Everyone knows that I have declared this creature to be my nemesis. Four archery seasons, and four empty tags. Arrrggghhhh….
Some interesting stuff from Jim Heffelfinger at AZGF
Did you get your javelina?
Facts you may not have known about this unique big game animal
By Jim Heffelfinger, regional game specialist, Arizona Game and Fish Department
The general spring javelina season concluded last week, and you may be one of the several thousand hunters who took to the field to test your skills. Whether you are a seasoned javelina hunter or a relative beginner, here are some interesting facts you may not have known about this interesting species.
A relative newcomer
Javelina are relative newcomers to Arizona. Archeological remains prior to 1700 show no evidence of the species in the state. The javelina is thought to have evolved in the thick thorn scrub of subtropical South America. Its distribution has spread northward and increased from a scattered presence in low river valleys of southeastern Arizona to the ponderosa pines near Williams, west of Flagstaff.
The javelina is also known as the collared peccary, named for the white band, or collar, that runs across the shoulders. Contrary to popular myths, javelina are not members of the rodent family, nor are they actually members of the pig family (although many hunters commonly refer to them as pigs). Their characteristics are unique enough to place them in a separate family with two other species of peccary: the white-lipped and the Chacoan.
Much maligned for their lack of intelligence, the javelina is not any less intelligent than our other native wildlife. They simply developed a different combination of attributes to survive in their environment. Their eyesight is very poor at distances greater than 100 yards. This is understandable for an animal that evolved in the thick brush, where food, water, shelter and predators could only be seen at very short distances. Their sense of smell and hearing abilities, however, are very well developed.
Javelina travel about in large groups, or herds. These herds occupy a territory of about one to two square miles, which is defended from other, adjacent herds. In good javelina habitat, each territorial boundary abuts the boundary of adjacent herds. This makes it somewhat difficult to answer the question: “Where are the javelina in this area?” The answer is, they are everywhere in good habitat.
The number of javelina per herd averages eight to 12 throughout the state. Herds numbering 40 or more are reported annually, but they are uncommon. Arizona Game and Fish Department researcher Gerald Day counted 500 herds during his 25 years of javelina research. He saw only six herds with more than 30 animals, and none with more than 40.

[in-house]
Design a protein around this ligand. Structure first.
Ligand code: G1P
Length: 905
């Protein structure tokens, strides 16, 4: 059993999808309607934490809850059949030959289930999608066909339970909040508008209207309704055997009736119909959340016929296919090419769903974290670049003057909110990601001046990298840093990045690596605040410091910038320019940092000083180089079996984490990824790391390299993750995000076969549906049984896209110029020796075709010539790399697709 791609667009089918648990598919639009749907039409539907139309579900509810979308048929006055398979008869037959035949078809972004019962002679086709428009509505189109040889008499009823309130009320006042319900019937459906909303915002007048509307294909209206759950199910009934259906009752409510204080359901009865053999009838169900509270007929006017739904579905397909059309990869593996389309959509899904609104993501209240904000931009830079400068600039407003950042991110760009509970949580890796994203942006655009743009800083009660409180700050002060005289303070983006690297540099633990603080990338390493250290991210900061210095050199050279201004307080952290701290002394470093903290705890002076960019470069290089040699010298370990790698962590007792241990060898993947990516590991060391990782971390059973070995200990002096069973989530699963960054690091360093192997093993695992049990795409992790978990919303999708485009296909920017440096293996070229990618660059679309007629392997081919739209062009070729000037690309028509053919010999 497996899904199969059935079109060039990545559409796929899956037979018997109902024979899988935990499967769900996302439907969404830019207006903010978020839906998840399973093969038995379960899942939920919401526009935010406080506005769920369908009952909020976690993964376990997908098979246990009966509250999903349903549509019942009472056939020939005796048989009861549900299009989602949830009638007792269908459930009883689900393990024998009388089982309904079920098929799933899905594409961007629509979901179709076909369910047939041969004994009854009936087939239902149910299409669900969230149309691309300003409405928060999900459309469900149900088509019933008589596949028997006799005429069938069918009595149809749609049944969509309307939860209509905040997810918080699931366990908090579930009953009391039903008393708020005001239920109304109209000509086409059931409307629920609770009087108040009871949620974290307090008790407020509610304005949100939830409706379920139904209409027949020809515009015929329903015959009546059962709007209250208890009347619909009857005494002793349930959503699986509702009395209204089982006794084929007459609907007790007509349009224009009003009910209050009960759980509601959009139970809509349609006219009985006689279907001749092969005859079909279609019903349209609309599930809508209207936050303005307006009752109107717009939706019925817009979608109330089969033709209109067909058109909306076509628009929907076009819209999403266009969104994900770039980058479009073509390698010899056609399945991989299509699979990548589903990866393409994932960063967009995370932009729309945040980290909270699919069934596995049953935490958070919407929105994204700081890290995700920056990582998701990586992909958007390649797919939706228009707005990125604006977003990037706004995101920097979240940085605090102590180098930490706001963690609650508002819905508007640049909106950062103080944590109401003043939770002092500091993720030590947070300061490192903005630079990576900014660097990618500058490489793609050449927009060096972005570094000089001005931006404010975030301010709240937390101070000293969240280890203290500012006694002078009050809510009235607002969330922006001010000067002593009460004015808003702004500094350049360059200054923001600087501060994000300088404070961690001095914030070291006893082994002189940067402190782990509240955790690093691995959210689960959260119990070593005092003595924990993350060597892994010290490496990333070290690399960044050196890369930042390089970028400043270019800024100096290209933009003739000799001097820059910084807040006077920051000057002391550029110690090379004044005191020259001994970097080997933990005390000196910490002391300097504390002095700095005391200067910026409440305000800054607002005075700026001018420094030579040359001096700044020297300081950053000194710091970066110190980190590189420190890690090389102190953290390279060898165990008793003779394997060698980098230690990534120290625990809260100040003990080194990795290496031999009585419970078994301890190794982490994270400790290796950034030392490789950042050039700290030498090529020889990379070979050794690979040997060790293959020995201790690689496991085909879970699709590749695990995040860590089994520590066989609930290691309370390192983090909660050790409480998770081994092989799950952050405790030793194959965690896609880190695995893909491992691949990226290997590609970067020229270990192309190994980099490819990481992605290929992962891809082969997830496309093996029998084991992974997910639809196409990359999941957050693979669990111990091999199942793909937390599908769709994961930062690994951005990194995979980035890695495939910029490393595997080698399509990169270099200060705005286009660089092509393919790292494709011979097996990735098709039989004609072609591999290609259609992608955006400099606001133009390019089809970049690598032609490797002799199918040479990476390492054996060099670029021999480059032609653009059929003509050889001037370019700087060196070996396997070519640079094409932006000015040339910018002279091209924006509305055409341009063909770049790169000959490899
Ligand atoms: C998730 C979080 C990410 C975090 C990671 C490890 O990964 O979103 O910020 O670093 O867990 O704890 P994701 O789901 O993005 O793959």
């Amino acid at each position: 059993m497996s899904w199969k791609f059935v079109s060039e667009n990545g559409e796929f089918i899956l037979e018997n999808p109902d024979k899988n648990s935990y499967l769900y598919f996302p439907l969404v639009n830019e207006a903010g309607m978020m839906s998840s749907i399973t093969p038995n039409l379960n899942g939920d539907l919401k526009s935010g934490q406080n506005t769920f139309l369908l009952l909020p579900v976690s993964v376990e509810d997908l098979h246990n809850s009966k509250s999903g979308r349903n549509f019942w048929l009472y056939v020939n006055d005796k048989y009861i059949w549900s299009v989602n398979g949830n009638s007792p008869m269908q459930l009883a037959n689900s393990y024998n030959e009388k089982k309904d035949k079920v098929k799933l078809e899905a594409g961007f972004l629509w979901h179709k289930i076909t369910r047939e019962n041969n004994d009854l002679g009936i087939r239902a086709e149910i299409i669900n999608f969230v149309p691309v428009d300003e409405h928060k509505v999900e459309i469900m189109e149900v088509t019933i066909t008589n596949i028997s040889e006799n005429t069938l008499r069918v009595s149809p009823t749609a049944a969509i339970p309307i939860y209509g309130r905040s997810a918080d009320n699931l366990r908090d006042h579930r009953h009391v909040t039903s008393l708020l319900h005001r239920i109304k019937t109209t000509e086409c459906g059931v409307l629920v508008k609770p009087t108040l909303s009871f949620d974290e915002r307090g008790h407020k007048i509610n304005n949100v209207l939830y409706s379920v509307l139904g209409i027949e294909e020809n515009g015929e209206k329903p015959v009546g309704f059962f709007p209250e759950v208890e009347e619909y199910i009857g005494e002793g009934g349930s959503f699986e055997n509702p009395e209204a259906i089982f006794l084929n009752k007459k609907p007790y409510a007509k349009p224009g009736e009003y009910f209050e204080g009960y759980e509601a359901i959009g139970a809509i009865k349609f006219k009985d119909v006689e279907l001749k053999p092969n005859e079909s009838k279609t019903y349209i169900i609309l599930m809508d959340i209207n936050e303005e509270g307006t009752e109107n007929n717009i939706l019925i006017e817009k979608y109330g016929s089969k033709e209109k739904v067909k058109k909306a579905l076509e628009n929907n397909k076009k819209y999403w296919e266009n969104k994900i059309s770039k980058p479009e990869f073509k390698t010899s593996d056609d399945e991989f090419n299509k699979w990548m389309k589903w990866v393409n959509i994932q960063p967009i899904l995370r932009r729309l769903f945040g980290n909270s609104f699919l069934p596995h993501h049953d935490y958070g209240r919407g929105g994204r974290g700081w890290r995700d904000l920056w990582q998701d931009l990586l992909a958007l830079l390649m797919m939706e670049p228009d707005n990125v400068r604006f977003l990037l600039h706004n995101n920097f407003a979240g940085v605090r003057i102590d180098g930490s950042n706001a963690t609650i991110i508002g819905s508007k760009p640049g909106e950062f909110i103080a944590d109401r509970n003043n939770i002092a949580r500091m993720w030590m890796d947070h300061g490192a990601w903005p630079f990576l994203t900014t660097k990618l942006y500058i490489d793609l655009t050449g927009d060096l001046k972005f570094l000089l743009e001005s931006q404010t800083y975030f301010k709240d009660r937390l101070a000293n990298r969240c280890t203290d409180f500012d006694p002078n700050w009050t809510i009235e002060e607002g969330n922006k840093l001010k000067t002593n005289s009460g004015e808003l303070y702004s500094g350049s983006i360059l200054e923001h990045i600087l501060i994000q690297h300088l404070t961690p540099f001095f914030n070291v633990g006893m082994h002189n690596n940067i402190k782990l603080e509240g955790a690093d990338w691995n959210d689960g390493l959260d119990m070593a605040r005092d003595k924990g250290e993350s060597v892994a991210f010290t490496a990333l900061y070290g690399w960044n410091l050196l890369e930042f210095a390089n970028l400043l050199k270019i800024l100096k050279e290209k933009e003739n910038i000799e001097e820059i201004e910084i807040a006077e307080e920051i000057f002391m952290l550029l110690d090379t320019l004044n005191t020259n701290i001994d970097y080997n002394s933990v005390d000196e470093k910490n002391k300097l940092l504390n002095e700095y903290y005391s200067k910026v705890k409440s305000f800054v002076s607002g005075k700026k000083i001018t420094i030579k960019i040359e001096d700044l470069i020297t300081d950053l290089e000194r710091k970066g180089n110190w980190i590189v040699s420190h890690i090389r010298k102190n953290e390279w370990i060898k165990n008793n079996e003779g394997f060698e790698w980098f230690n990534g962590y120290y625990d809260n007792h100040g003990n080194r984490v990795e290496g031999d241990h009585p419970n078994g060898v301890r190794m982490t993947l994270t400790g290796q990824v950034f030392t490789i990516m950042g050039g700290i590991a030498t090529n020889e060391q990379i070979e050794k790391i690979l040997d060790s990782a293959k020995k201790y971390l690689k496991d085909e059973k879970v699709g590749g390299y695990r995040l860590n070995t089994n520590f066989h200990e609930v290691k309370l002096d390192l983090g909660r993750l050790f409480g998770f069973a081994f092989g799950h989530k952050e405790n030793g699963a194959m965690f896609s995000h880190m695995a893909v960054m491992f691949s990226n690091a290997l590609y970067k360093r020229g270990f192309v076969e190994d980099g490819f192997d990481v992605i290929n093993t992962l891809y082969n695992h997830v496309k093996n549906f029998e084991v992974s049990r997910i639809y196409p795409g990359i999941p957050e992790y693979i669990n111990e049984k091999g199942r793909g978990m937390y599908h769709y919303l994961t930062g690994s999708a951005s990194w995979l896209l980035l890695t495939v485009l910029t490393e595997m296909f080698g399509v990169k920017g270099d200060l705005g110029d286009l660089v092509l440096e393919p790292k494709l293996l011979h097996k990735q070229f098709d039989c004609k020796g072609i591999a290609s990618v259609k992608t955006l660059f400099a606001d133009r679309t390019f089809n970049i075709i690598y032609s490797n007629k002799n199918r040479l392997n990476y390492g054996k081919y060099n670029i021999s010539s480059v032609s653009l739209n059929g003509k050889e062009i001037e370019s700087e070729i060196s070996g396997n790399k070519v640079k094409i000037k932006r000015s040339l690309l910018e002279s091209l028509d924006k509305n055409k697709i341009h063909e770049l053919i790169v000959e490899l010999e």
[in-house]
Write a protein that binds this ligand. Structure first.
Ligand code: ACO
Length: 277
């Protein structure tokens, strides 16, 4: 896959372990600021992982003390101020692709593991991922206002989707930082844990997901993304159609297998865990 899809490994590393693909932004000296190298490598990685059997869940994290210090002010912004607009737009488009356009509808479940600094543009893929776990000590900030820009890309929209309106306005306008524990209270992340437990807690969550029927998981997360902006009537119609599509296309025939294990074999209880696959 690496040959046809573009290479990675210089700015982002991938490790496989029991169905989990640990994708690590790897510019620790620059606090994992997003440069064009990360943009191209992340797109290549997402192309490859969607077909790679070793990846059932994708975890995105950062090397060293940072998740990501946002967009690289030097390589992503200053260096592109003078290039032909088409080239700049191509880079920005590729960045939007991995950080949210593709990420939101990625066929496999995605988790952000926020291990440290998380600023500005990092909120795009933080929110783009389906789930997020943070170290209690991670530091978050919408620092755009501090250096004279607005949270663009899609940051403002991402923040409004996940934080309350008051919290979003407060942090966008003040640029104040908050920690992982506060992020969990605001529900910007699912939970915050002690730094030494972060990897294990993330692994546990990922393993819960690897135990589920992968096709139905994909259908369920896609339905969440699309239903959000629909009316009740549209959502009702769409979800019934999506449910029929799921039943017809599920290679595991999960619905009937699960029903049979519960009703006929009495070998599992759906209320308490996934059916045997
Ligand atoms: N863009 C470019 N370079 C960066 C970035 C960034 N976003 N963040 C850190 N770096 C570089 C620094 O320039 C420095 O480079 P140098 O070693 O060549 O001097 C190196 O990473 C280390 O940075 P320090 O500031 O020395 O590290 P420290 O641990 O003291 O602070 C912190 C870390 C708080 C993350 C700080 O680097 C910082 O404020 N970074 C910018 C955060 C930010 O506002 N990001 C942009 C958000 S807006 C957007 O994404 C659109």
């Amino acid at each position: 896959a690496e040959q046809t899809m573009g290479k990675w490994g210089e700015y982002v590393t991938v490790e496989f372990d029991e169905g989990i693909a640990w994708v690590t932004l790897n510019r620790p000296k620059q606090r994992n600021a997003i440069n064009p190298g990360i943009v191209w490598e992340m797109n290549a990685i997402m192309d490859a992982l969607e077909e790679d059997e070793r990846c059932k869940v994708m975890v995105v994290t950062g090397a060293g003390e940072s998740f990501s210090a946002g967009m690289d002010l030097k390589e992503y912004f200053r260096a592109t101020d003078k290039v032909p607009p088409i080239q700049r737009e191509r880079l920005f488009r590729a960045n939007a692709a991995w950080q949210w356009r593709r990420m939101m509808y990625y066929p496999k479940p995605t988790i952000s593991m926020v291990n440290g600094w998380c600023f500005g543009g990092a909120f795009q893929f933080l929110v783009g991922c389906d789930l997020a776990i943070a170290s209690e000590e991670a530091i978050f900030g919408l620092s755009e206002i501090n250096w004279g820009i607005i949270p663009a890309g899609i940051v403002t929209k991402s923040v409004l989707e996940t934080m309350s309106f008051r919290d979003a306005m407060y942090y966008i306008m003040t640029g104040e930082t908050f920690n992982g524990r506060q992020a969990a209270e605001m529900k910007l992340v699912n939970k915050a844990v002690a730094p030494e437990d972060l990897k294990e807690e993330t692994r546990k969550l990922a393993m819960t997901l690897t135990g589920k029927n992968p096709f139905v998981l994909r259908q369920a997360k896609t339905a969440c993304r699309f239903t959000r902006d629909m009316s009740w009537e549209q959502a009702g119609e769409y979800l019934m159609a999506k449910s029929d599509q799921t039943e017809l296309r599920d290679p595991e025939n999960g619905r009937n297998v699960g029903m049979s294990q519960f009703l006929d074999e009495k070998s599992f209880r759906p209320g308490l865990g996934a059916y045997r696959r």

Javelina spend their time resting and feeding. Resting occurs primarily in traditional bedgrounds located in low areas of thick brush or caves throughout their territory. Bedgrounds offer soft soil to lie on and protection from predators and the weather.
Javelina have poor long-distance eyesight but good smelling and hearing abilities.When feeding, javelina concentrate heavily on succulents such as prickly pear, hedgehog, barrel cactus, lechuguilla and cholla. The fruits and fleshy parts provide not only nutritious feed, but water as well. When javelina feed on prickly pear pads, they grasp the pad and pull, which shreds the pad and leaves the stringy interior fibers visible. When javelina feed on small cacti such as hedgehogs, they knock the cactus over with a front hoof. The insides are eaten out so that only the tough outer skin and spines remain. Lechuguilla leaves are pulled apart and left scattered as the javelina eats the fleshy heart out of the plant. Roots and tubers are also dug or “rooted” up by javelina in search of nutrition.
Although javelina are “everywhere,” they never seem to be where you are (even when you’ve seemingly been everywhere). Knowing how javelina feed and what signs they leave behind is the key to successful javelina hunting.
Javelina meat is considered by some to be less than palatable. Some people have even gone as far as to suggest this is the reason we find no evidence of javelina in pre-1700 archeological sites (during what paleontologists call the “Pre-crockpot Period”). However, if properly cared for in the field, javelina provides good eating. The key is to field dress the animal immediately and skin it at your first opportunity. Don’t worry about the scent gland; it is attached to the skin and will come off when you skin the animal. The hairs of the javelina are covered with this scent; make sure you do not touch the meat with the hand that has been holding the hide.
Hunting opportunity and harvest goals
The Arizona Game and Fish Department offers hunt permits for javelina based on trends in biological data, which is collected annually. Biologists in each game management unit monitor trends in factors such as the average herd size, number of adults per herd, javelina seen per hour of helicopter survey, hunter success, days expended per animal harvested, and reproductive rate. By tracking this kind of information year to year, the department can provide hunting opportunity for this species, while making sure the harvest won’t affect the overall population for future generations.